Teen overcomes odds with heroic determination
Priyanka Patil’s parents did not believe their daughter needed to be sent to a special school because she could not hear or speak. So she learnt to read lips, practised hard and joined regular school.india Updated: May 27, 2009 01:48 IST
Priyanka Patil’s parents did not believe their daughter needed to be sent to a special school because she could not hear or speak. So she learnt to read lips, practised hard and joined regular school.
On Tuesday, the 15-year-old reinforced her parents’ faith in her abilities — she was among the 69 students of the 155 students in her school to score over 90 per cent in the Class 10 CBSE exams.
A student of R.N. Podar School, Santacruz, Priyanka scored 92 per cent attending regular classes. Nagesh, her banker father, considers her success a sign that differently-abled children can be as good, if not better, than everyone else.
“With guidance and care, she has proved that differently-abled children can achieve anything a normal student can,” said the proud father, who’s making plans to celebrate.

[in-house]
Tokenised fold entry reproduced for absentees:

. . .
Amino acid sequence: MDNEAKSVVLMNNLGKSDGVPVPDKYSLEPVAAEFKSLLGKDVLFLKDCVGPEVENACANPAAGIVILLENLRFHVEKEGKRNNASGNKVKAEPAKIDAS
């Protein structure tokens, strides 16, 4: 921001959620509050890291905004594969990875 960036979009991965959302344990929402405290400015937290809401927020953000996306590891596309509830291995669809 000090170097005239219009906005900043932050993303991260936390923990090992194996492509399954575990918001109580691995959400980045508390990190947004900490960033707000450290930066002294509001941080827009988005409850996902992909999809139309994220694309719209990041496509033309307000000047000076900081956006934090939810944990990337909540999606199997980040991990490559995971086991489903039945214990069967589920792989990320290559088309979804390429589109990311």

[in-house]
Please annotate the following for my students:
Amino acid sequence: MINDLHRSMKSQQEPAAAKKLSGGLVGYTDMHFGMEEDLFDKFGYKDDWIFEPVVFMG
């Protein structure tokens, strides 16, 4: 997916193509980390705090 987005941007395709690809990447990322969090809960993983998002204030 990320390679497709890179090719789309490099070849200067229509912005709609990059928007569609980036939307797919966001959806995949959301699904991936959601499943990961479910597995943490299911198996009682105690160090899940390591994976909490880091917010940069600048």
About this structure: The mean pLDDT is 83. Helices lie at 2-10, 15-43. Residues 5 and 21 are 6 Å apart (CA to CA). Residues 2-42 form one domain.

Priyanka wants to study science and become a chemical engineer.
“After Class 12, I’ll go to one of the IITs,” she said, in gestures. Her interests are not all academic. “I am very fond of playing tennis and watching films. My favourite actor is Hrithik Roshan.”
The family urges parents of all differently-abled children to send their kids to regular schools. “We need to get them accustomed to the normal environment rather than a conditioned one, and you can trust them to do well,” said her mother Sukanya.
But getting Priyanka into a regular school was no easy task. She was refused admission in many schools in Class 1 because she could not clear oral interviews.
Not willing to waste time, Sukanya, who is a homemaker, attended mother-training classes at various deaf schools and taught her daughter at home for the junior KG and senior KG levels.
“What is taught in four years at deaf schools, she picked up in six months,” Sukanya said. Her parents put her in the Alpasha School for the Deaf in Borivli for the first year. From Class 2, she was a student of R.N. Podar.
“She used to read the teachers’ lips and understand lectures. She has always stood among the top three students in her class,” Avnita Bir, the school principal said.
“Constant practice, looking at pictures and reading, and lip-reading are the keys to her success.”